The support of Hong Kong’s richest man, Li Ka-shing, and his sons for Carrie Lam Cheng Yuet-ngor could be the last nail in the coffin for her rival John Tsang Chun-wah’s campaign to be chief executive.
For weeks, there had been speculation that Li is a supporter of Tsang’s and that he and his sons may cast their vote for him in the secret ballot on Sunday to select Hong Kong’s next leader. People in favour of the former financial secretary had hoped that support from the Li family could encourage more pro-establishment electors to vote for the popular underdog as well.
That hope has now been dashed.
The Post has learned that National People’s Congress chairman Zhang Dejiang ( 張德江 ) last month successfully persuaded the Li family to vote for Lam, who is seen as Beijing’s preferred candidate.
This is a timely reminder that realpolitik reigns in the chief executive poll.
Some Tsang supporters believe President Xi Jinping’s (習近平) reticence on the matter so far may indicate Lam is just Zhang’s choice. But an understanding of Chinese politics suggests that no major decision like choosing Hong Kong’s leader could be made by anybody except Xi, who is now the most powerful Communist Party leader since Mao Zedong (毛澤東).
Nevertheless, while Beijing’s all-out effort to support Lam makes clear that she is the “anointed” candidate, Hongkongers should not suppose that their views carry no weight in the eyes of Beijing. Since the annual meeting of the National People’s Congress in March last year, Beijing has been monitoring public opinion in Hong Kong on likely candidates to be the next chief executive. Noting the opposition to Leung Chun-ying, mainland officials tasked with gathering intelligence were particularly interested in how Hongkongers viewed Tsang and Lam.
Leung’s announcement that he would not seek re-election is a testament to Beijing’s conciliatory approach towards Hong Kong. Hongkongers’ overwhelming opposition to Leung and the reluctance of a substantial number of pro-establishment figures to back him for a second term were factors that contributed to Beijing’s decision to look for an alternative.
The central government’s preference for Lam stems from its desire for a chief executive who has the capability and commitment to tackle thorny issues and, to a lesser extent, someone relatively acceptable to Hongkongers. As Beijing expects the next chief executive to have the ability to handle the complicated situation in Hong Kong in the next few years, it has reservations about Tsang’s laid-back leadership style and his tendency to avoid controversial issues.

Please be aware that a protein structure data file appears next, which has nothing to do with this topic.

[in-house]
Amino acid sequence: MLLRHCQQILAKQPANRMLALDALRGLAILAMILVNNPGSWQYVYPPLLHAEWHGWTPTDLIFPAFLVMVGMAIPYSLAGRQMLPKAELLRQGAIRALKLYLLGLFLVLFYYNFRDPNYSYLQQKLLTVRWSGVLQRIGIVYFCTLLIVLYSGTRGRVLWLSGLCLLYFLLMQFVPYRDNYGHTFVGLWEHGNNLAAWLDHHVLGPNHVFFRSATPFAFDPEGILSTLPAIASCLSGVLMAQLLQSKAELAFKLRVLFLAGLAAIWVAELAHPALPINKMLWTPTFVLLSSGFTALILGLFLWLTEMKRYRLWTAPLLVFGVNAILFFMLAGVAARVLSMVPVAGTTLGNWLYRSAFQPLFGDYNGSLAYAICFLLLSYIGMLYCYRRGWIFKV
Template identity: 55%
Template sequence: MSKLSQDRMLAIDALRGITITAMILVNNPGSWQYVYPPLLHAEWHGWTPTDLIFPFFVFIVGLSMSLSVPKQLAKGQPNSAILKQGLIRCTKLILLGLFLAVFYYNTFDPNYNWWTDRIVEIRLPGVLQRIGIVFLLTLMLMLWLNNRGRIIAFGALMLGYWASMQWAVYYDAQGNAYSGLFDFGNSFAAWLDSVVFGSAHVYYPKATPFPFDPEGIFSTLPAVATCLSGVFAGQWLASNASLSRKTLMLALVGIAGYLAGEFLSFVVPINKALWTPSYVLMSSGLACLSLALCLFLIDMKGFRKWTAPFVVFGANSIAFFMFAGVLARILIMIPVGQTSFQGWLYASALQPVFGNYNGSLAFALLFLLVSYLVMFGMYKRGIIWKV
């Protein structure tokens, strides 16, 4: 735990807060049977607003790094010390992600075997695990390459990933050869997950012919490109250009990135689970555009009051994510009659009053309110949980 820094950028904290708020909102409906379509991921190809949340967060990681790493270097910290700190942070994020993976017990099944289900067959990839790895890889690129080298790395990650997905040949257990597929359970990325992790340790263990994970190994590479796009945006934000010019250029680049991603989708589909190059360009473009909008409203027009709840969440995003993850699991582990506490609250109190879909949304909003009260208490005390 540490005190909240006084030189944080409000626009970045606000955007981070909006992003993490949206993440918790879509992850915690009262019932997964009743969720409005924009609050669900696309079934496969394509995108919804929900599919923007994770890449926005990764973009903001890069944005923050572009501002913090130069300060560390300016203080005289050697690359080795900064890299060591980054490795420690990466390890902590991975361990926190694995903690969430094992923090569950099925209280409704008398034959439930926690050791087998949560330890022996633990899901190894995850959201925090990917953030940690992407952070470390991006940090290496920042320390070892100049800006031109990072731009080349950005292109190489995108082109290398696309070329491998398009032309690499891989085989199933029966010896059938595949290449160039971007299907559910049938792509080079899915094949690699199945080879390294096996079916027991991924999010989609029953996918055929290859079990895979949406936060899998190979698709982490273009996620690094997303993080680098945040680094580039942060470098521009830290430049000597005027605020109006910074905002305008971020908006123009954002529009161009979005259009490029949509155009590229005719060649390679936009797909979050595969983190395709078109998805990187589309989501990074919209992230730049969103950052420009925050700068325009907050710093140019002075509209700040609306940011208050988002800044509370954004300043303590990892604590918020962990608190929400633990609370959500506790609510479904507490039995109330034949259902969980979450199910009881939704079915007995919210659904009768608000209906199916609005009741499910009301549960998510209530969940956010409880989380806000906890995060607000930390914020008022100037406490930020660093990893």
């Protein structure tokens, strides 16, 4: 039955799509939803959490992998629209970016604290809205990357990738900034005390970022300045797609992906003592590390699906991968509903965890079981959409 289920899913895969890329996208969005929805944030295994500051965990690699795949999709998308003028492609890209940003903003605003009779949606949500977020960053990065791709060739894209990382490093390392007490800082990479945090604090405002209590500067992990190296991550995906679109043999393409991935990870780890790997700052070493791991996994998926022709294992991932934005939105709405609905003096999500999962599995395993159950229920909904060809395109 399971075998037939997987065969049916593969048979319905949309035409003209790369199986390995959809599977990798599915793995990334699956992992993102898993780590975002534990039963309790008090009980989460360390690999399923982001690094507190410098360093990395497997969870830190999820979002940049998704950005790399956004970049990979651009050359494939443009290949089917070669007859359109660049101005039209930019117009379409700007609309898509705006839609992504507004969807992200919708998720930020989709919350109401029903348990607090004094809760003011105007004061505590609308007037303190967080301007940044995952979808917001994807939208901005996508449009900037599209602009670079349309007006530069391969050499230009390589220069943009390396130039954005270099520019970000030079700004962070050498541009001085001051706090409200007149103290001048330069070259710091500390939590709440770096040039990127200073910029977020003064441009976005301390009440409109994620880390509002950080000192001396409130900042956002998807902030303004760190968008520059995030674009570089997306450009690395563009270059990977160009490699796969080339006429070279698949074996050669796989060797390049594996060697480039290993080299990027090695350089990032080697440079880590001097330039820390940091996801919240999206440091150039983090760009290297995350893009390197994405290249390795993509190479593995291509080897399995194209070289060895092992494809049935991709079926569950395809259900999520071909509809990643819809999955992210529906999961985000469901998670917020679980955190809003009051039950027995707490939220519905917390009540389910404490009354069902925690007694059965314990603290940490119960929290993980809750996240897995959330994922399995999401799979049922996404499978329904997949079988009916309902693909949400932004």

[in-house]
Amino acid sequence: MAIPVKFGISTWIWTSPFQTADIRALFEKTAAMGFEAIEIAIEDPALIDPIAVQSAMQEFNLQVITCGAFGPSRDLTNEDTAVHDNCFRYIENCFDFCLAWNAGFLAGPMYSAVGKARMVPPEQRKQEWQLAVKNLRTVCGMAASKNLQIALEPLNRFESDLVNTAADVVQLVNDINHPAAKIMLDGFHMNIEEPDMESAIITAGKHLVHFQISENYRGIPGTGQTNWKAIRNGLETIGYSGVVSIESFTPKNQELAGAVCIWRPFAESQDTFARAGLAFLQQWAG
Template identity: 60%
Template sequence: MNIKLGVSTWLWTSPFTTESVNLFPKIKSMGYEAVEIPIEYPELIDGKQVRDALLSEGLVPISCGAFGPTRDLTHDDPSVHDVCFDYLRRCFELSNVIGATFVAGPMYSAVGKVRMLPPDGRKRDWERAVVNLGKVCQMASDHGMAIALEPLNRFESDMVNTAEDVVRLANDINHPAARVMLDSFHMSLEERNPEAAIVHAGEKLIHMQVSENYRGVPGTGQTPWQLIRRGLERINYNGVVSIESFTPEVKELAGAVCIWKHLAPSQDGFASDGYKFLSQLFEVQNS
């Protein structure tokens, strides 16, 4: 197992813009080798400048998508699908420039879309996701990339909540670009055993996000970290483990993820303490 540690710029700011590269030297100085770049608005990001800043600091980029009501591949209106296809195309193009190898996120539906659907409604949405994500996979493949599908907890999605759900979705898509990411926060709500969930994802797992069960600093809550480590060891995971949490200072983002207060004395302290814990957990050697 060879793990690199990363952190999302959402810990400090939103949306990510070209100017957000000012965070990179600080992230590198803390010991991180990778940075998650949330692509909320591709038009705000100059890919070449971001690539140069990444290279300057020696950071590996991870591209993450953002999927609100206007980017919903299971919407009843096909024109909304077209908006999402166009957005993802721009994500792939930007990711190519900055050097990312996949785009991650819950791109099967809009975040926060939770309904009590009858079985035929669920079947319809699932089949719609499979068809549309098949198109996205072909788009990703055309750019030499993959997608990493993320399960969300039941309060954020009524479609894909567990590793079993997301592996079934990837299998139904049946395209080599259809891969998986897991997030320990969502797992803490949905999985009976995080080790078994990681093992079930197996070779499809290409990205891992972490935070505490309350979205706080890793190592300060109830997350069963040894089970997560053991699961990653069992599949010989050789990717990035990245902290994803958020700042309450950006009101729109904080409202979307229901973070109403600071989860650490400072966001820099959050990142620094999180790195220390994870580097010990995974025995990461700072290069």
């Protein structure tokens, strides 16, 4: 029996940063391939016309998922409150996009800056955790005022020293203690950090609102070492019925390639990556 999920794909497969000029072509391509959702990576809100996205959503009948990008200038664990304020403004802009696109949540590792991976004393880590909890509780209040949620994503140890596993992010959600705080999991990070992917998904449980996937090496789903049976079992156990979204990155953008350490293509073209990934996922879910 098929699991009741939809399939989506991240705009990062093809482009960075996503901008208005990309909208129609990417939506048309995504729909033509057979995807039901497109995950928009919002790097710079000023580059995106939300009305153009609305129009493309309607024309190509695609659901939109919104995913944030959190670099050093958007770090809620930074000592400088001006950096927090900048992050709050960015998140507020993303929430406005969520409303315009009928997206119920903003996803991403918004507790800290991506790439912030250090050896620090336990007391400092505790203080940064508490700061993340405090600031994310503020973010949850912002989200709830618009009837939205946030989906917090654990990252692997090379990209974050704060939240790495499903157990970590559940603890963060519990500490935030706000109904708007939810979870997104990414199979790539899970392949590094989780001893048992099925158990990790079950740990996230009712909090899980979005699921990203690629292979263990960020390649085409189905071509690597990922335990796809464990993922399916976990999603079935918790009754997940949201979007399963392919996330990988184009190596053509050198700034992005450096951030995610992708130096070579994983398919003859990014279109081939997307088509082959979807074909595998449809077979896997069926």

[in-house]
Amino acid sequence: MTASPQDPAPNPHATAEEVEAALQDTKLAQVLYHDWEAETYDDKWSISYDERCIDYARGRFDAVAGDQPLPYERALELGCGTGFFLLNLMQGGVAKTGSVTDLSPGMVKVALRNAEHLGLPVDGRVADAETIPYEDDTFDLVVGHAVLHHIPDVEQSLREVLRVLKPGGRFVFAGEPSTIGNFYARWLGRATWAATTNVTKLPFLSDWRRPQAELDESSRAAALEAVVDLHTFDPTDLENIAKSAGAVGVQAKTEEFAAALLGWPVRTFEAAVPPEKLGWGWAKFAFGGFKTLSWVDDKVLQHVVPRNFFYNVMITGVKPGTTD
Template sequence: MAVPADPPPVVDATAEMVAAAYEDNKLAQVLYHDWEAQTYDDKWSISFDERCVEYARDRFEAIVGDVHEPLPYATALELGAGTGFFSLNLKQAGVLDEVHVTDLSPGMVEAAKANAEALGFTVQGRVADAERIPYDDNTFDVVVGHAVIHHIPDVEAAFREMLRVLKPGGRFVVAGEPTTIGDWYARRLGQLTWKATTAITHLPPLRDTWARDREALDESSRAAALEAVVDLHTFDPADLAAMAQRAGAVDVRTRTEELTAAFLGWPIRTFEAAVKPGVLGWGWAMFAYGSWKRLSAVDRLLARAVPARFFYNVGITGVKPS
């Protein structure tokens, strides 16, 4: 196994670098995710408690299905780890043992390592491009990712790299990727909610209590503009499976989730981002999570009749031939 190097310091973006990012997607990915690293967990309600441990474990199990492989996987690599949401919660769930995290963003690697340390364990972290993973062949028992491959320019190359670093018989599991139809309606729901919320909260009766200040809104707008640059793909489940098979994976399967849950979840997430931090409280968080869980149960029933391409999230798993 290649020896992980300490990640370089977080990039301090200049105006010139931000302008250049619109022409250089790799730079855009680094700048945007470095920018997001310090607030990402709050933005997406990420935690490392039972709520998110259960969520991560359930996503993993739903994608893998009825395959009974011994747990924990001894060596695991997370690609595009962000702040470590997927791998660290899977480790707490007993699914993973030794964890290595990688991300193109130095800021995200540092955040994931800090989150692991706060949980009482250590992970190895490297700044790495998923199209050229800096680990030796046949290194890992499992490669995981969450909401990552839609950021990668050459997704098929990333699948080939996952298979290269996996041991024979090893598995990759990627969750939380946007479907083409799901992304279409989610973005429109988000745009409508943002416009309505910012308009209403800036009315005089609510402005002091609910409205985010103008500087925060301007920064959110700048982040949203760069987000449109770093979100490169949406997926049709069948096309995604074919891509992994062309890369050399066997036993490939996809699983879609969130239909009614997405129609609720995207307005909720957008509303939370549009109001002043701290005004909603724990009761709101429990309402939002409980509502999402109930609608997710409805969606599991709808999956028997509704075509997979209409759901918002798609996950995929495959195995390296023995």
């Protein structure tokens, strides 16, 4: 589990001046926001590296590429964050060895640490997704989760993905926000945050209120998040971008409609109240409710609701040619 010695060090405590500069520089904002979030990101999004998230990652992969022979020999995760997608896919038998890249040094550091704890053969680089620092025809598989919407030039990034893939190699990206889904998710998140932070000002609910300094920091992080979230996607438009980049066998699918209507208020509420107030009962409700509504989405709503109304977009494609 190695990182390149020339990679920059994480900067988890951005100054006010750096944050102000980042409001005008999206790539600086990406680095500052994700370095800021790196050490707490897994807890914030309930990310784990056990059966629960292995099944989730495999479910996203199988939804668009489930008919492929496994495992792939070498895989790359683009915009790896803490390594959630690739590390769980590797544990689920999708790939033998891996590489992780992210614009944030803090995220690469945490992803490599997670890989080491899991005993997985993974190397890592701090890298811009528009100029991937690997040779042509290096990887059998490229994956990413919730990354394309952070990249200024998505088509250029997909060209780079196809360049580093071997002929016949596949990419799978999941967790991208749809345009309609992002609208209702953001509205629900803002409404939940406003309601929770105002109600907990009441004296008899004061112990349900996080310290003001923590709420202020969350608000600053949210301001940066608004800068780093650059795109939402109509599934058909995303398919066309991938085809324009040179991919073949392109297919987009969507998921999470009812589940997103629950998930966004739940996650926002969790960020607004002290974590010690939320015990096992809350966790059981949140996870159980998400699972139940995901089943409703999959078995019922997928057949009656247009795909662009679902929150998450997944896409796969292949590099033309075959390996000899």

Despite Lam’s nickname “CY 2.0”, I am reasonably optimistic that she would make a better chief executive than Leung in terms of bridging social divides – if she could restore her inclusive leadership style and problem-solving skills evident before the failed electoral reform in 2015.
In July 2007, Lam, then the secretary for development, took the bold move to join a debate with activists at a public forum at Queen’s Pier to persuade the angry crowd to disperse and allow the work to demolish the pier to start. Her presence at that critical moment helped calm the crowds and defuse the tension.
Further to her credit, Lam liaised with middlemen, like University of Hong Kong academic Joseph Chan Cho-wai and former president of the University of Hong Kong students’ union Gloria Chang Wan-ki, to set up dialogue with student leaders at the forefront of the Occupy Central protests in 2014.
At the televised dialogue with student leaders on October 21, Lam told them the government would submit a report to the State Council’s Hong Kong and Macau Affairs Office to reflect public sentiment since the protests began on September 28. The government would also consider setting up a multi-party platform for talks on constitutional development beyond 2017, she said. But the talks eventually failed to reap rewards because the gap between the two sides was just too wide to be bridged.
One of Lam’s urgent tasks after landing the top job – if she is selected, as expected – will be to set herself apart from Leung by demonstrating a more inclusive governing style.
In an interview with online media ourTV.hk last Thursday, Lam told the programme host and former legislator Emily Lau Wai-hing that she was interested in the model of the eight-party coalition that Lau spearheaded in 2001 to push for policies that enjoy support from across the political aisle. The coalition successfully forced the government of the day to agree to measures such as a waiver of property rates and quarantine of residents in a block in Amoy Gardens in Kowloon Bay, at the height of the severe acute respiratory syndrome outbreak in 2003.
I hope Lam means what she says and shows more flexibility in dealing with the pan-democrats after she becomes chief executive.
This is my last column for the Post, where I have worked for nearly 17 years. As someone who has been observing Hong Kong politics for more than two decades, it pains me to witness the vicious cycle precipitated by Beijing’s growing assertiveness on Hong Kong affairs and the resultant backlashes by Hongkongers in recent years.
I believe the persistent expression of views through peaceful means is more forceful and effective in pushing change than hurling bricks in the streets. Deliberate challenges to Beijing’s bottom line, like advocating Hong Kong independence and using abusive language during any oath-taking ceremony, only do a disservice to the fight for democracy.
Yet, as I told some Beijing officials and mainland experts on Hong Kong, Beijing badly needs to create room for moderates in Hong Kong to ensure the sustainability of the “one country, two systems” framework and break the vicious cycle.
Gary Cheung is the Post’s political editor